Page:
And if you’re like me, when you saw the trailer in the movie theater, you started saving the date. It hadn’t occurred to me at the conclusion of director Peter Jackson’s incredible movie trilogy of The Lord of the Rings that he had anywhere to go for an encore. I hadn’t thought of the obvious prequel opportunities of making a movie out of the first Tolkien book. The events of The Hobbit predate the adventures of Frodo and friends by 60 years and offer a bit more backstory. What’s more natural than finishing up with what started it all?
So is there new material there? Is there a reason to go see it, other than a need to fill your eye and ear with more movie magicka? That may depend on where you’re coming from. The title wasn’t wrong; the movie is an unexpected journey, and some viewers may leave a little disappointed.
Feasting your eyes on Middle Earth
But let’s start with what the movie gets right. Like the Ring series, the scenery and special effects are absolutely jaw-dropping. Maybe some people are tired of views of the saffron-lighted Rivendell or cathedral palaces carved into mountains, but I’m not. The incredible wild beauty of New Zealand deserves its own screen credit just as much as any of the big name actors, because without it, you wouldn’t believe the other events nearly so much.
And the acting and direction come up to that level of quality as well. These are scenes that require a sensitive touch. It would be easy to tip too far and get ponderous or in the other direction and be too lightweight. Between Ian McKellan’s classical brilliance as Gandalf and Martin Freeman’s friendly way as likable Bilbo, it’s easy to fall into line as the hobbit and the dwarves begin their quest.
And I wanted to stay there. But it was at around that point that I found myself starting to fidget. The problem is, the film does start to buckle under its own weight. It had to be one thing to Middle Earth purists; it had to be another for studio executives. I fear it tried to do both and got caught in the middle like the dwarves on a path between warring mountain giants.
Not all who wander are smart
There’s a tipoff to the problem in the title – The Hobbit: An Unexpected Journey. Every Tolkien aficionado can tell you that the book’s title is The Hobbit, or There and Back Again. That name change came about from a need to take the shortest of Tolkien’s books and turn it into … another film trilogy, with every movie clocking in at about three hours.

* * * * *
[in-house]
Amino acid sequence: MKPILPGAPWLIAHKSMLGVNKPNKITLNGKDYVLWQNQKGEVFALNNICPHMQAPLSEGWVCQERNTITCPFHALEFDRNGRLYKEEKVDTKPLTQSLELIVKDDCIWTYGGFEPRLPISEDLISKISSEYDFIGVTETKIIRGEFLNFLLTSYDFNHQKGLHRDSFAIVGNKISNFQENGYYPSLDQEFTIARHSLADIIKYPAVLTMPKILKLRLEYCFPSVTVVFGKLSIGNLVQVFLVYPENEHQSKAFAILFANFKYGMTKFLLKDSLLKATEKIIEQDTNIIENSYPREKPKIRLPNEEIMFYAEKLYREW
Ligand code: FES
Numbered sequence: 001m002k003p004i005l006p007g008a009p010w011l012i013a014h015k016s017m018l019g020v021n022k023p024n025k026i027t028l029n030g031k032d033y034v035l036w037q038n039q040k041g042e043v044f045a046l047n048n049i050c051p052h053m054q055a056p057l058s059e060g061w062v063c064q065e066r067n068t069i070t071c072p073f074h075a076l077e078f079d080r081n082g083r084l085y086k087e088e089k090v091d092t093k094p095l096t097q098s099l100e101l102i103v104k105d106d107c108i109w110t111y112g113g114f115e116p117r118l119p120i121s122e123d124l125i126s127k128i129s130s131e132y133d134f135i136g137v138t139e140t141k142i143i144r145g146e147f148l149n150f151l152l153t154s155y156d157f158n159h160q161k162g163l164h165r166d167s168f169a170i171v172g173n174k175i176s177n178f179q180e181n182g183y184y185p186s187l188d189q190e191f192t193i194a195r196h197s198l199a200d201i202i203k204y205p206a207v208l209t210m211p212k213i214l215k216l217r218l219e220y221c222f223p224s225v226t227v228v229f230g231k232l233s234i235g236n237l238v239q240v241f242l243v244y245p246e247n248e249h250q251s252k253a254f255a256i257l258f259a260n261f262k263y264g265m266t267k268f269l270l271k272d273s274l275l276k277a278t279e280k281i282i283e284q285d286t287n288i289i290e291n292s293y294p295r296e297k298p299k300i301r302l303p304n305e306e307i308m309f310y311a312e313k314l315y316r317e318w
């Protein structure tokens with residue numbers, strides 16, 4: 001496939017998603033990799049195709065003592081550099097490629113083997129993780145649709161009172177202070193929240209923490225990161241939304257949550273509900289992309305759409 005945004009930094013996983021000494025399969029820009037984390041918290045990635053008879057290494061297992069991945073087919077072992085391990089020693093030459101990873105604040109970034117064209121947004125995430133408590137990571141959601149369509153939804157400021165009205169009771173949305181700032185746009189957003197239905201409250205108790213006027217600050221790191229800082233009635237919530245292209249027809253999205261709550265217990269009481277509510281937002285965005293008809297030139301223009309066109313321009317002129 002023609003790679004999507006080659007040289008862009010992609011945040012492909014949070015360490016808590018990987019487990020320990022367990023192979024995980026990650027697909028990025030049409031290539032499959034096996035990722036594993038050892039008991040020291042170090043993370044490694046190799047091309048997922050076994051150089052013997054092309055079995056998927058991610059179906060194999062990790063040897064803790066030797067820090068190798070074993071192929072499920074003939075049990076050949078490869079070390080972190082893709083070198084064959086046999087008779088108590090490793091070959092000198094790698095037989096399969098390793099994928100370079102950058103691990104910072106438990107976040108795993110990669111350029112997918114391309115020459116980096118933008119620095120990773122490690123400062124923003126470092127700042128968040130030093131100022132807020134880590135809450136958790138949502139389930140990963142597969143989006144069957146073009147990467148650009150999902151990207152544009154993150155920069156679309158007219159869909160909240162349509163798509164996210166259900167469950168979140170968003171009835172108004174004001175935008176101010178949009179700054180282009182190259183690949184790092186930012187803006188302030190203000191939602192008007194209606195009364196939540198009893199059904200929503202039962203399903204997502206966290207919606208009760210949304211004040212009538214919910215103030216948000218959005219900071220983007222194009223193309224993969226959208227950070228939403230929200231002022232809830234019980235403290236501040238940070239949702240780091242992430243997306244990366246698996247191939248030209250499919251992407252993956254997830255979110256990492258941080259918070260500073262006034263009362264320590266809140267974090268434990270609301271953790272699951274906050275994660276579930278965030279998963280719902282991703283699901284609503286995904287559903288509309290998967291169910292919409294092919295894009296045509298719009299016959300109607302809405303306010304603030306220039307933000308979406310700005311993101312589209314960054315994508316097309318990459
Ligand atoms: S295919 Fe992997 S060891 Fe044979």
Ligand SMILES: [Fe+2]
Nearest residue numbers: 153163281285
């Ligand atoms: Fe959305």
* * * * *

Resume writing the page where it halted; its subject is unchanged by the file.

So here you have some of the most beloved and most mythic fantasy literature of the last century, and you suddenly need to add material to it –- how do you do it? Well, you could do it by diving into the copious files of information that Tolkien himself provided in other books about Middle Earth. Or you could call on some of the talented, imaginative writers out there who would be hungry to provide something memorable, original and entertaining to suit the bill.
Or, you could do what these filmmakers did. You could dispense with good storytelling and just pad out every scene with long takes and down time. You could throw in scenes that don’t evoke a Tolkien epic as much as a Transformers outtake with very loud, very big monsters and fight scenes that always test so well with a young, impatient audience. Heck, you could also put in a long scene with trolls that allows for some booger humor –- the same audience is always looking for that. (Although I will note that in our theater, there were unattended children that weren’t at all interested in the action onscreen and kept up a steady barrage of talk and giggling for the length of the movie. Where’s a club-wielding orc when you need one?)
These are some of the things that made the movie’s 169 minutes seem about an hour too long. Though I have no qualifications to tell Peter Jackson what to do, for my money there were a lot of gratuitous scenes that could’ve been cut to make for a more worthwhile and less self-indulgent movie.
Gollum and cinematic gold
But that’s not to say I’m giving it thumbs down. How can you? With all its faults, it’s still one of the most thought-provoking things out there right now. If youngsters were losing their minds over the Twilight series and Hunger Games, they deserve something that after all these years has proven to be both timely and timeless. Adults need it, too. The Hobbit touches on themes of heroism and anti-heroism, perceived worth and real worth, greed and the results of greed. The best scenes in the movie, somewhat predictably, are the ones with the tormented and sinister Gollum in them. Here we see the sad beginnings of the grieving creature that tailed Frodo and Sam to Mount Doom. And for those unfamiliar with the books, you can answer the question of how it was that Frodo’s uncle acquired the One Ring in the first place.
It’s because of scenes like this that The Hobbit is ultimately a satisfactory experience, almost in spite of itself. With any luck, the second and third in this trilogy will fix the pacing and not depend on the good graces of the Tolkien-smitten audience. But even if they don't, you can look for me hogging one of the aisle seats on opening day. Because when a wizard asks you if you'll share in an adventure, the correct answer is always yes.